Seattle’s Ishmael Butler, AKA Butterfly of the Digable Planets, has effortlessly transformed himself, departing from the golden age roots that he’ll eternally be known for. Fifteen years after “Rebirth of Slick,” Butler emerges with an evolved take on his format. His new project Shabazz Palaces is lyrical and abstract, but it’s not pushing for artsy appeal. The music is trippy and tasty, and the only intentional intrigue lies in the promotion (the band forgoes interviews, explanations, and social media for sheer mystery).
Butler doesn’t go by Butterfly anymore. Now he’s Palaceer Lazaro, the enigmatic, sincere, and harsh-worded persona behind Shabazz Palaces.
Following two self-released EPs in 2009, Shabazz dropped Black Up last month on Sub Pop, the label’s first hip hop record on its roster. The full-length record features collaborators from Butler’s network of lyrical and beat artists, but the record focuses on the sounds and not the artists that make them. Only the female rap duo THEESatisfaction is credited on the record.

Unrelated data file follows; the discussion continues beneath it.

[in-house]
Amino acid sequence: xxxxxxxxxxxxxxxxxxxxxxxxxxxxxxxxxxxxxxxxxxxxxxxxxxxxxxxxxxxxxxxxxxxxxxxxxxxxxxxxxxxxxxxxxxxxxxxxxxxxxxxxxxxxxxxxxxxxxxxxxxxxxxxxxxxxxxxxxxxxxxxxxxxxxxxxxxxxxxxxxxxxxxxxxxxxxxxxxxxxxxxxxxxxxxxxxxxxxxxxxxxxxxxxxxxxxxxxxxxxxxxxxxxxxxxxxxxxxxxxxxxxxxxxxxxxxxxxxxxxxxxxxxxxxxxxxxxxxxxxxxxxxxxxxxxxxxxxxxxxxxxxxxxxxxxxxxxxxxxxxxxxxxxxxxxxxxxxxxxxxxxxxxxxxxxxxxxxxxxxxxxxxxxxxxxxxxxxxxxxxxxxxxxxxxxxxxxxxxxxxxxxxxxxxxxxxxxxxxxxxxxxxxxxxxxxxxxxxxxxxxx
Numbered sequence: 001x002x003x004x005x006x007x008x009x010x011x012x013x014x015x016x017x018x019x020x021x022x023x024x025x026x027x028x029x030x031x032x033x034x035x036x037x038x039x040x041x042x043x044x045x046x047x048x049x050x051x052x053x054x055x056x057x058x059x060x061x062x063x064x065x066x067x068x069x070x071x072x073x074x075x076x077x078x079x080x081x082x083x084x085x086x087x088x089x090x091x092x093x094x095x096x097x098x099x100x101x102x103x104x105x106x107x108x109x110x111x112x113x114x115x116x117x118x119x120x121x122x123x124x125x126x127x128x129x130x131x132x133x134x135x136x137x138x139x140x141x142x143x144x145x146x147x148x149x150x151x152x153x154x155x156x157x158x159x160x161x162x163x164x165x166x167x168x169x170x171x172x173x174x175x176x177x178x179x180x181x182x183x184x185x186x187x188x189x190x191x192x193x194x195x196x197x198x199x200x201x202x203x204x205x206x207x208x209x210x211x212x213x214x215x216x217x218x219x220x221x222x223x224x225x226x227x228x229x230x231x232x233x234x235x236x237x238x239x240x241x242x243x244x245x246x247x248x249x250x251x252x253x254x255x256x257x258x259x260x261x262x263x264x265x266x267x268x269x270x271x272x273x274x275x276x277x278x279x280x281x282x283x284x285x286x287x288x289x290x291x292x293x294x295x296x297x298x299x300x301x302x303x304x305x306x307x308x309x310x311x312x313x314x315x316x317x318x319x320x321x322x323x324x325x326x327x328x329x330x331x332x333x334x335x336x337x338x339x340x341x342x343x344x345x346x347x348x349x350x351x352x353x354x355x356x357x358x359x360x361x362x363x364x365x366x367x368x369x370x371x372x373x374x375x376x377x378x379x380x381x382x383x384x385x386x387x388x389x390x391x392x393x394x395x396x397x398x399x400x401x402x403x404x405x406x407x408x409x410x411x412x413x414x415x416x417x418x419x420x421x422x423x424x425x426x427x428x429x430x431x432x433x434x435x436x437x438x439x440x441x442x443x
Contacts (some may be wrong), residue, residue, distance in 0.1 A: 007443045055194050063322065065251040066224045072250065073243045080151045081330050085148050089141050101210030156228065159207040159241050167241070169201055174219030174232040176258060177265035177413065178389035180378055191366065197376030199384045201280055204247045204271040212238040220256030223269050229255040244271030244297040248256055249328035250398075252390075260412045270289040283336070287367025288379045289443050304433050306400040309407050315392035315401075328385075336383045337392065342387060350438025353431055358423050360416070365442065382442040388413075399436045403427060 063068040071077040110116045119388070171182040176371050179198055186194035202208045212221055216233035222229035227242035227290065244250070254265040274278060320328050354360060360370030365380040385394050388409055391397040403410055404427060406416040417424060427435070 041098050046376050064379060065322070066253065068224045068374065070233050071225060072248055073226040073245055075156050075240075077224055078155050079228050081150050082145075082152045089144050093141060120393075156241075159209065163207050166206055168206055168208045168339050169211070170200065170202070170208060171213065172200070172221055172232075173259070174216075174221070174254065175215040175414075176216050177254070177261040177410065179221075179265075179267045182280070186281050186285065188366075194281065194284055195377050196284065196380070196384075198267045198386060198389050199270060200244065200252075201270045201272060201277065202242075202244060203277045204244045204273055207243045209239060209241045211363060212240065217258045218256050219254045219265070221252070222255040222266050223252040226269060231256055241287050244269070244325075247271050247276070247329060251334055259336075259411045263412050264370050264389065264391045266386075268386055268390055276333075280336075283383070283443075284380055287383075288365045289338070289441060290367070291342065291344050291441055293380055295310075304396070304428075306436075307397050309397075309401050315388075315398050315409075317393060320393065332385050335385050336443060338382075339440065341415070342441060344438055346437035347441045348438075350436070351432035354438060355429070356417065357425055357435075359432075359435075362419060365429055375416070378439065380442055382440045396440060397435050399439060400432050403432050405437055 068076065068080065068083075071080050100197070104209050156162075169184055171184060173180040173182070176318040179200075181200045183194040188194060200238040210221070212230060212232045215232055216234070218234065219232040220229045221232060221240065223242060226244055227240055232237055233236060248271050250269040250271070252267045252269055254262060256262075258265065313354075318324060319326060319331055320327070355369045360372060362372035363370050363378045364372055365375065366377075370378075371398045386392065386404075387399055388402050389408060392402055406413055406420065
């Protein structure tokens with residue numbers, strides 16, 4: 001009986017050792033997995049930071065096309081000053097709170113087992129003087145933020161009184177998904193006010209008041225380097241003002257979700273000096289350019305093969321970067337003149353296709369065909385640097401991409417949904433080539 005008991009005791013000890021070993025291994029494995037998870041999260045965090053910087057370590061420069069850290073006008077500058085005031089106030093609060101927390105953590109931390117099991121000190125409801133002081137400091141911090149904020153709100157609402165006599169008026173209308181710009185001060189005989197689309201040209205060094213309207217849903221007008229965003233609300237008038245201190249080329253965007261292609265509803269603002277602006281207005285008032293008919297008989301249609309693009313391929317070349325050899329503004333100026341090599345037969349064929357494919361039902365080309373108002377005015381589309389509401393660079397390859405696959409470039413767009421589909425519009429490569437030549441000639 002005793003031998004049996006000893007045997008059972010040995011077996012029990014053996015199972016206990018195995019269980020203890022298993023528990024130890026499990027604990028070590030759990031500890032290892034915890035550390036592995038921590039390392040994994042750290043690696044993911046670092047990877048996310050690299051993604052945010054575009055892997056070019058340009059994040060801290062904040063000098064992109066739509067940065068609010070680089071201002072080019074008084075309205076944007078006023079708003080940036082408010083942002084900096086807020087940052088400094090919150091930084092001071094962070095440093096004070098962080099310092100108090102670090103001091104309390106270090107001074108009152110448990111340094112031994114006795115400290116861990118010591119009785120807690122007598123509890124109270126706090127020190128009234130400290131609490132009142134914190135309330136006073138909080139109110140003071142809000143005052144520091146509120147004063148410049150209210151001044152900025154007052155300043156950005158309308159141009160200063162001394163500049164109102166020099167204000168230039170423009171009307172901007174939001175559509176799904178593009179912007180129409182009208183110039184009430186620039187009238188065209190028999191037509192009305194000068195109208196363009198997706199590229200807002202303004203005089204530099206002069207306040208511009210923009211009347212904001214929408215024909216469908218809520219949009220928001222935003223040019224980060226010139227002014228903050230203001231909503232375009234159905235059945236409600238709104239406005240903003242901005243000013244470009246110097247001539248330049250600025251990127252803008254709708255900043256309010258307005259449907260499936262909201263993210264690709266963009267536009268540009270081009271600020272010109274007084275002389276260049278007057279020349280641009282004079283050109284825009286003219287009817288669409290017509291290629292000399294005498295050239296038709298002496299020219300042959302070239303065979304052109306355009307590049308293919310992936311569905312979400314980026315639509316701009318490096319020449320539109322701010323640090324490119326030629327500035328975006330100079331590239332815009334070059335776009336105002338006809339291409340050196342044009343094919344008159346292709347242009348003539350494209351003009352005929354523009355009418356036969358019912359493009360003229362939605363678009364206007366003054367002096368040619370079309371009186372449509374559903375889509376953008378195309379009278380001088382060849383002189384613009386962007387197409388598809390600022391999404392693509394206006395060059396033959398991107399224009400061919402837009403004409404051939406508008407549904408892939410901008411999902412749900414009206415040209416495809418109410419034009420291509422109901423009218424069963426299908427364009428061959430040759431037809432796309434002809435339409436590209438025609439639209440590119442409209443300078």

While the tracks follow the rhythmic patterns of traditional hip-hop, melodic samples ebb and flow punctuated by discordant clumps of sound. Secondary voices bubble by beneath Butler’s foreground lyrics, which take on a tone more serious and abrasive than his Butterfly past.
Cryptically political and overtly experimental, Shabazz Palaces addresses the void between rap and intelligence without the preachiness of conscious hip-hop. Alongside artists like the lauded Death Grips and Brainfeeder’s first MC, Jeremiah Jae, Shabazz marks a shift in underground rap sensibilities, moving away from the traditional format and opening it up to interpretation.
Ishmael Butler, Tendi Maraire